A lot of what Tampa Bay did to Kansas City has popped up in several of their games this year.  I don’t tend to give too much credit to the scheme, though.  It was mostly a simple “Tampa 2” concept (not named, of course, for the current Buccaneer team but for the split-safety zone concept established more than twenty years ago by then-coach Tony Dungy when he coached the Bucs).  This coverage isn’t new, and the Chiefs (and everyone else) knows the routes that will beat it.

What Tampa Bay did to Kansas City in the Super Bowl was more a function of pass rush.  The Chiefs had lost a tackle in the Championship Game, and resolved the problem by shifting starters around the line.  The newly-constructed line played with disastrous results last February.  From first snap to last, Mahomes was literally running for his life.  The Bucs could have employed any coverage scheme and it would have worked out just fine.  In fact, they played a high percentage of man coverage against the Chiefs in that game – also to great effect.

In the aftermath of that loss, Kansas City has completely re-invented its offensive line – to the point that no remaining starter from last year is in this year’s starting lineup.  This has had some effect.  As offensive lines need some time to develop, Patrick’s protection hasn’t been as stable as he’s used to, and a fair amount of their recent offensive struggles can be tied to uncomfortable amounts of pressure.

Theory – It’s Mostly Patrick’s Fault

In the wake of the Tennessee loss, quarterback Mahomes is being targeted for the largest slice of the blame.  This, of course, is part of playing quarterback.  You always get too much credit when you win and too much blame when you lose.  There are numbers that the critics can grasp on to.  His 62.3 passer rating (Patrick was 20-35 for 206 yards, no touchdowns and 1 interception) was the lowest of his career.  He also lost a fumble in that game.  For the season so far, Patrick’s numbers have slid noticeably.  His 97.9 passer rating (while still above the NFL average) would be the worst of his career and currently sits about ten points below his career rating (107.2).  The 9 interceptions he’s thrown are already more than his totals from the previous two entire seasons, and only three shy of the career high of 12 he threw in his rookie season.  In both of his previous seasons, his interception percentage was 1.0.  This year, 3.2% of his throws are ending up in the arms of the other team.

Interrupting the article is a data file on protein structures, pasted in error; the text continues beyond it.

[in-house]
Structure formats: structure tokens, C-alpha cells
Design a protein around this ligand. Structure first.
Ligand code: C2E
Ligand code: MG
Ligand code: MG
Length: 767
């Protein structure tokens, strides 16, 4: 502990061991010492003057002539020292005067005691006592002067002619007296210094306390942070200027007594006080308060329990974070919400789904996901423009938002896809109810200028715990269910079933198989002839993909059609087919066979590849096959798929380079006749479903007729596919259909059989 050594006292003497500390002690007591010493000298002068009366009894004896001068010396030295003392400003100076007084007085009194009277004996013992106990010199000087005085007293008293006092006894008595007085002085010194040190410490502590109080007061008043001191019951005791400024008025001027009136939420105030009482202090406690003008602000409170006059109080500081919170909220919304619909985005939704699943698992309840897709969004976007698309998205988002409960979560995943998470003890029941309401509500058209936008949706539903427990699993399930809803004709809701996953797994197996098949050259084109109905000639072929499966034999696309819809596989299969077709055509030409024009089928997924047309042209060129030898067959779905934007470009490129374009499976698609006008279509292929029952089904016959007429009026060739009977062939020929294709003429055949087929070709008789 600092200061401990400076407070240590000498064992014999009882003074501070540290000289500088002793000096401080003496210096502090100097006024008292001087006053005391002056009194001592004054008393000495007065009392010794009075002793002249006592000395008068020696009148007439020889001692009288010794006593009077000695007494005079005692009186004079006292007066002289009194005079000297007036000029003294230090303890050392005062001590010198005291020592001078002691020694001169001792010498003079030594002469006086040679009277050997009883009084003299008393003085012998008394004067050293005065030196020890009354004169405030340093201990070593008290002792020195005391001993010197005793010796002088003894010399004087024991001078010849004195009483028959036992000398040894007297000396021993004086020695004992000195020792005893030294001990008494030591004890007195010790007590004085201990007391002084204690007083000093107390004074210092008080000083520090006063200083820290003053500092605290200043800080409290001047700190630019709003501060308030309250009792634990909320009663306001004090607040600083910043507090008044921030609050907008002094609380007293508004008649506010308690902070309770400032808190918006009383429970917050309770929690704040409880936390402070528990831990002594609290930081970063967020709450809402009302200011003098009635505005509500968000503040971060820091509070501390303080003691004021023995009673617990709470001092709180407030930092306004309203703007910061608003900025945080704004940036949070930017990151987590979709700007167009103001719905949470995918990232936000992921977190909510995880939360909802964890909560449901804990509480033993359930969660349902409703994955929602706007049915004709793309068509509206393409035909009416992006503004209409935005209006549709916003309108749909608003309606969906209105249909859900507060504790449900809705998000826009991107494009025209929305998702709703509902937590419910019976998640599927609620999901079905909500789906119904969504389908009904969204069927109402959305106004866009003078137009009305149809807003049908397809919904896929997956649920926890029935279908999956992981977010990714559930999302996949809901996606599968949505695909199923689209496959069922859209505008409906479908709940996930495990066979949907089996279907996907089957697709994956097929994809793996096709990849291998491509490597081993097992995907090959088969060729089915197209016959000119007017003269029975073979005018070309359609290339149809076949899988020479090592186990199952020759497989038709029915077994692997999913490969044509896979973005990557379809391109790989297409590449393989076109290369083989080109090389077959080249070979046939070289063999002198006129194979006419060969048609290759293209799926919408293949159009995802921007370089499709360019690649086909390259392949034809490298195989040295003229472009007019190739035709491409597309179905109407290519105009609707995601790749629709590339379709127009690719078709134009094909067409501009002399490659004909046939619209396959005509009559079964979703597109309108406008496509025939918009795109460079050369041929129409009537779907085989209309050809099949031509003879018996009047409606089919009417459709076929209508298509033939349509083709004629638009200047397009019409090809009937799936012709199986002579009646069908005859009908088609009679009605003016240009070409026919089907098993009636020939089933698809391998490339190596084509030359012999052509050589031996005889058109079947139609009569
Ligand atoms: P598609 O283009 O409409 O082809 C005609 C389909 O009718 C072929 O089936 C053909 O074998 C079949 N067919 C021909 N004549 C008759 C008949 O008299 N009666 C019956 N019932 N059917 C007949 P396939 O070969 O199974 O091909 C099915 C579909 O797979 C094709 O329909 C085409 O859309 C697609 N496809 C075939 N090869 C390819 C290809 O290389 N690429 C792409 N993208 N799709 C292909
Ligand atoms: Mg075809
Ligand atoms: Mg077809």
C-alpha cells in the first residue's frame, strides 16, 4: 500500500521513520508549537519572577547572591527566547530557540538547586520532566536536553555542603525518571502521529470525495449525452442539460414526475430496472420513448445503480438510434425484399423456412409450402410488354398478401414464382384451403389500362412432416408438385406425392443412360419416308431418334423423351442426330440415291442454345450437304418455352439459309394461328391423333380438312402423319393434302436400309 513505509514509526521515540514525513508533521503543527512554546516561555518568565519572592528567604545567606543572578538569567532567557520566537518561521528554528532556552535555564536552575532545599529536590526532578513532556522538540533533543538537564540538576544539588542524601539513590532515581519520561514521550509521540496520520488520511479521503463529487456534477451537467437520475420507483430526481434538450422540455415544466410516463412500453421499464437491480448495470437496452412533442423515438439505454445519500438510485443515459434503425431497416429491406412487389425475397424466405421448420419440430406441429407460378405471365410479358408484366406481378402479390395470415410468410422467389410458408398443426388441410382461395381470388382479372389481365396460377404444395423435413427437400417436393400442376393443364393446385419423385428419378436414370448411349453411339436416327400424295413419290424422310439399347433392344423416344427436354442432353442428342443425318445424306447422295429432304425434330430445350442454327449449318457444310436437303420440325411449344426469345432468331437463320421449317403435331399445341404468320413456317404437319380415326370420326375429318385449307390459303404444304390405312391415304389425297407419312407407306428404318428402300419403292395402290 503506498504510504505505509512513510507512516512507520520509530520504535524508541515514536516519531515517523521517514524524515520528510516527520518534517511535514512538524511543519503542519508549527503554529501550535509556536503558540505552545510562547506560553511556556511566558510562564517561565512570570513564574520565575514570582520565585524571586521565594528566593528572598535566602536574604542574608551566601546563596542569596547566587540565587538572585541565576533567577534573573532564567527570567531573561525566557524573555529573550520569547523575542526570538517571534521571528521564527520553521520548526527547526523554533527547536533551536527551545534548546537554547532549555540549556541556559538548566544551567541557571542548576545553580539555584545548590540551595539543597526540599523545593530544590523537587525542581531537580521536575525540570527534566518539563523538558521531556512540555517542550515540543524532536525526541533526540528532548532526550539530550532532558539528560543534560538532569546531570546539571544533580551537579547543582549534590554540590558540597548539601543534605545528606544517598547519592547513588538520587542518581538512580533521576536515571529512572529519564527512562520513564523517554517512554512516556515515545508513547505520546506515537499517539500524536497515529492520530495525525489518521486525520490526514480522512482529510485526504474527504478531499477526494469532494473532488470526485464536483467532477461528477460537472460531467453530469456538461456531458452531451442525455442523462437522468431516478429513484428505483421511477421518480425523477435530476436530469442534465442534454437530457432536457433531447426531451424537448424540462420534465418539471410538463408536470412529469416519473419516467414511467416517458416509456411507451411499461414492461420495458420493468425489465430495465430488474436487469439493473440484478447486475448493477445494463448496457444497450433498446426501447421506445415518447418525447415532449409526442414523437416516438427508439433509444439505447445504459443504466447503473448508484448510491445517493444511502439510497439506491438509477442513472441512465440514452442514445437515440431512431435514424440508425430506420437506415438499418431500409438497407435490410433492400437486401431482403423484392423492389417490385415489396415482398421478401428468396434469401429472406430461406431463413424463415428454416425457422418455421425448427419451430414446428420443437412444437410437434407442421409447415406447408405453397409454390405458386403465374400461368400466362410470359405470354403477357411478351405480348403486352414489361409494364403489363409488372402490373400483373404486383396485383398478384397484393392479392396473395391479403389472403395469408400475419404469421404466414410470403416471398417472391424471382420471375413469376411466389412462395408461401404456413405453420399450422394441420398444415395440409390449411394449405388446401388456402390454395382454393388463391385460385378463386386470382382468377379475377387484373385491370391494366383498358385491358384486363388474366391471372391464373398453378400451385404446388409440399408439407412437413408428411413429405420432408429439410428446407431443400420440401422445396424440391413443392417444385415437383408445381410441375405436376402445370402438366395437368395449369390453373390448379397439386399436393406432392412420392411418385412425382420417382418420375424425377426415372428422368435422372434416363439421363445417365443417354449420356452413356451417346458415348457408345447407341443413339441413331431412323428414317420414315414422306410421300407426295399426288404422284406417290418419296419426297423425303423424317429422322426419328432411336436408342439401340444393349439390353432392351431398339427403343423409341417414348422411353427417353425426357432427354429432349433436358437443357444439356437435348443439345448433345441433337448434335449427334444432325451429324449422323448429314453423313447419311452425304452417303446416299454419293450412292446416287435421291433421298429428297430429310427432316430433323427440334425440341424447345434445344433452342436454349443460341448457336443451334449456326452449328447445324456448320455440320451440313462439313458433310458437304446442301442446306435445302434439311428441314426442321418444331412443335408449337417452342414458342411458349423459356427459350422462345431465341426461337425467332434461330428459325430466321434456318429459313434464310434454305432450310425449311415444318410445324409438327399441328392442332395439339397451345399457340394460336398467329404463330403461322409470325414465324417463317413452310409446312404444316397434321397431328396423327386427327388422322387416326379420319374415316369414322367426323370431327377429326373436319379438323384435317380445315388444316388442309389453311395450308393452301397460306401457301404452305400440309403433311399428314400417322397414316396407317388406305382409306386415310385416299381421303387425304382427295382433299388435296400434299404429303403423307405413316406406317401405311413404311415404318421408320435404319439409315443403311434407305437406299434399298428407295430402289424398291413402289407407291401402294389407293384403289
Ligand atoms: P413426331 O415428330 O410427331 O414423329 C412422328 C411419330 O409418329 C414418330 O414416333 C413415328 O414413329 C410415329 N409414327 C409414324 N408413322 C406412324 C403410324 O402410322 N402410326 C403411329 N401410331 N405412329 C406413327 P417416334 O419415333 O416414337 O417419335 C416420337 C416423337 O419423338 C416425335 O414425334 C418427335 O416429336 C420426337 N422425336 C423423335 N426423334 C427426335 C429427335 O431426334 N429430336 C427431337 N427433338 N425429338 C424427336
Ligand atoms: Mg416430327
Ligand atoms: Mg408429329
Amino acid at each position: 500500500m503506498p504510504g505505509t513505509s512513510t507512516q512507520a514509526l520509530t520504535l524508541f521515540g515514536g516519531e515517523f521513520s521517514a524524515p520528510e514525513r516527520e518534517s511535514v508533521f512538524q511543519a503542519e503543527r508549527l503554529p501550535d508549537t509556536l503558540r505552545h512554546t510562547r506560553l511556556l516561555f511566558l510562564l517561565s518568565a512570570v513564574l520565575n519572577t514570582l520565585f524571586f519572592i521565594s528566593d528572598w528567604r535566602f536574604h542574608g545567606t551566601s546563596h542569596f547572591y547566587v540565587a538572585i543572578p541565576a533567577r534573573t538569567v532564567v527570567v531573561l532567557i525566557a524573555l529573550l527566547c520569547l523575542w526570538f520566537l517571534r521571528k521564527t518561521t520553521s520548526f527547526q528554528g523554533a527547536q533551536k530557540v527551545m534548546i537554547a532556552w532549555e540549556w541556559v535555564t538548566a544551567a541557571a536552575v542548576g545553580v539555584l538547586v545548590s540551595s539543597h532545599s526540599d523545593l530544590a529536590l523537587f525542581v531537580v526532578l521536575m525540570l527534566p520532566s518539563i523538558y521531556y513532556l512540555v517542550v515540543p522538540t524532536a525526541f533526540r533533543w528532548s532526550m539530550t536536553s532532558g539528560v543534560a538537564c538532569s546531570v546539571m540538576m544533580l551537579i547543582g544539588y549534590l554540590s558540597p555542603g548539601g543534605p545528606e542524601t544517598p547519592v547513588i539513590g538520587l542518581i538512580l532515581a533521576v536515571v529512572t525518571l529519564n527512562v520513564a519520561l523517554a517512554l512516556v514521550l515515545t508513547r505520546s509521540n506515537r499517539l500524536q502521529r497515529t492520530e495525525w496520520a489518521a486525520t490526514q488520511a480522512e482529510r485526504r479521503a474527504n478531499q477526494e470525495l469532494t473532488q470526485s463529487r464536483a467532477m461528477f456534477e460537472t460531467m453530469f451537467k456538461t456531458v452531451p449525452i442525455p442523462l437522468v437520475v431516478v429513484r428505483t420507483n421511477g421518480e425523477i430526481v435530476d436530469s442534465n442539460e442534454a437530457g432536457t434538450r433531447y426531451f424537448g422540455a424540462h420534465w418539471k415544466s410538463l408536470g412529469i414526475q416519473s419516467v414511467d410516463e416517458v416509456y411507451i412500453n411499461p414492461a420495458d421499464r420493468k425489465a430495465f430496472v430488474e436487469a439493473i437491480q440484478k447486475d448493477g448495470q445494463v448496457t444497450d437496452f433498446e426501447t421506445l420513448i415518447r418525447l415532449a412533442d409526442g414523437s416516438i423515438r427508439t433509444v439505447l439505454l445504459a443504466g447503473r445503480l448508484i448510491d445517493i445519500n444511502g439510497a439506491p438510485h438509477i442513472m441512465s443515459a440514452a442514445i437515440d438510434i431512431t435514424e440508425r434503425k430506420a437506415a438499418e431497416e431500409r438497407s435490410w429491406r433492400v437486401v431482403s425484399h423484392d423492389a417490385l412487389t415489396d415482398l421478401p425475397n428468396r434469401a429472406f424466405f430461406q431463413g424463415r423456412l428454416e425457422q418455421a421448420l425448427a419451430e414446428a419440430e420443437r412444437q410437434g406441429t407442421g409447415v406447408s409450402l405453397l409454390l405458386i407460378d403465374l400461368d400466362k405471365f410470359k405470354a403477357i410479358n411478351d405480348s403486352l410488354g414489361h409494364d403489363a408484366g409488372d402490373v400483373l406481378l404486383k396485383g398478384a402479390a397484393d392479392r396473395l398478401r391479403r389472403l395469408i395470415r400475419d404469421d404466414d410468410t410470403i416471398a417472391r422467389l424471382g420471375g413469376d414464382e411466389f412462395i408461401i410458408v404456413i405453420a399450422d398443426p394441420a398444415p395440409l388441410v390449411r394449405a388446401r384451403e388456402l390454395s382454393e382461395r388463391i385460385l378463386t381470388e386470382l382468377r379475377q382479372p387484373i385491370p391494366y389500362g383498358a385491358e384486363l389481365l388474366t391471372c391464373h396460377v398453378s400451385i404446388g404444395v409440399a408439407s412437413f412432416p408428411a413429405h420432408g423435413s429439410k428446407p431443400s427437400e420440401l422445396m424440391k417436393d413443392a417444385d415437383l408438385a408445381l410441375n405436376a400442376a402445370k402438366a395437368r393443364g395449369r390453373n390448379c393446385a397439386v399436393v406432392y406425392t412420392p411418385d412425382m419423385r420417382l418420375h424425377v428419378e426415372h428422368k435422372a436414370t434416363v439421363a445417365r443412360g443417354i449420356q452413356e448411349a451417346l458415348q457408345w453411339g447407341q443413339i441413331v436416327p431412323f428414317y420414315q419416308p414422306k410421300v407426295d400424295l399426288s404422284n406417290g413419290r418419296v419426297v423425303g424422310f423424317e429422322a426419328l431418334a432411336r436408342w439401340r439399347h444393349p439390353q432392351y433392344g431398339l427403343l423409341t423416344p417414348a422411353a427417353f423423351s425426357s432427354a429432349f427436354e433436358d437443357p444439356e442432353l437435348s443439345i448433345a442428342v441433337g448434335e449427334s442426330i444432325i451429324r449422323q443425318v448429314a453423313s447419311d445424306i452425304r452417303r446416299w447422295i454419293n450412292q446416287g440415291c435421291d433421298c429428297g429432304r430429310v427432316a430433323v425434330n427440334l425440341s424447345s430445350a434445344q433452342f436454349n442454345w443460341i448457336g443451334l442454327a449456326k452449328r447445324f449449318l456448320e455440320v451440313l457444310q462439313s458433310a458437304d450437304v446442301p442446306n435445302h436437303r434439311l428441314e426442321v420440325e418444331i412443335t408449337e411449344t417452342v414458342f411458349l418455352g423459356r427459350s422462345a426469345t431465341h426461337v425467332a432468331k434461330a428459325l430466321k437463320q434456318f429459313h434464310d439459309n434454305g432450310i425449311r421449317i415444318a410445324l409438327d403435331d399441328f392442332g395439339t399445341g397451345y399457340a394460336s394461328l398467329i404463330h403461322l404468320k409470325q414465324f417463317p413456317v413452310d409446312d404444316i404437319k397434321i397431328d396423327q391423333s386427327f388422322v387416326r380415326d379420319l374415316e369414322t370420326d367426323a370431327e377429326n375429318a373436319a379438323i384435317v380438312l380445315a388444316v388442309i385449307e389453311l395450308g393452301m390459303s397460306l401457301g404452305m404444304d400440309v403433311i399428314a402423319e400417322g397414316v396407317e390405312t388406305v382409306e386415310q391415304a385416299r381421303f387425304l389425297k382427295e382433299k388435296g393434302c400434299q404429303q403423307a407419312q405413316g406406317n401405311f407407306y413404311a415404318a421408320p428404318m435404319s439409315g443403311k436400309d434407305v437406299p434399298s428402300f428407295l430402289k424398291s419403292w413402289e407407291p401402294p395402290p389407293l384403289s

There is also film that supports some of this.  Against the Titans, his interception came on an ill-advised throw.  His fumble came after a scramble in which – rather than sliding and avoiding further contact – Patrick continued the run in an attempt to gain a few more yards (and was subsequently stripped of the ball).  To cite just one example, Steve Young on Monday Night Countdown laid 80% of the responsibility on Mahomes.  Eighty percent?  Really?

Clearly, Mahomes has played better in the past than he is playing this season.  But to target him as the primary problem is to fall into the trap of crediting or blaming the quarterback for nearly everything that happens on the team.  Patrick has been pressing, but there are reasons for that not of his making (I will be getting to that in a minute).  Patrick Mahomes is still Patrick Mahomes.  He isn’t even close to being Kansas City’s biggest problem.  (Sorry, Steve.  I have great respect for you, but on this I’m going to have to respectfully disagree.)

Theory – Body Snatchers

OK, I haven’t actually heard anyone claim that aliens have captured the real Kansas City Chiefs and replaced them with pods, but I’m sure someone out there has floated that theory.  Without the medical examinations that could confirm or deny this, I can’t, of course, say with any certainty that this hasn’t happened.  I will, though, err on the side of common sense and call this very unlikely.

So What Is It?

Two weeks ago, after their loss to Buffalo, I looked at the issues in Kansas City and proclaimed, with much certainty, that the biggest problem with the Kansas City offense is the Kansas City defense.  Nothing that’s happened in the last two weeks – even this game in Tennessee when they scored only 3 points, managed just 334 yards of offense, and turned the ball over 3 times – has at all changed that assessment.  Ninety percent – that’s my number, and I’m sticking with it.  Ninety percent of the KC problem is the defense.  If that ever gets fixed, the rest of the world will be amazed at how quickly the offense will regain its footing.

Taking Another Look

To support this, let’s take another look at the Tennessee game.  For now, forget the statistics and just look at what happened.

The Chiefs won the toss and deferred.  The Titans started with the ball, and drove the field – 75 yards in 8 plays, draining 4:10 off the clock.  The Chief offense takes the field already down 7 with still 10:50 left in the quarter.

They pick up a couple of first downs, gaining the fifty-yard line.  On third down, though, a sack brings the drive to an end and KC punts.  This isn’t evidence of a dysfunctional offense.  No offense scores every time it possesses the ball.  For his part Mahomes was 3-for-3 passing for 21 yards (remember, the deep safeties were taking away the deep pass).  When the KC special team unit downed the ensuing punt on the Tennessee 3-yard line, things were looking pretty good.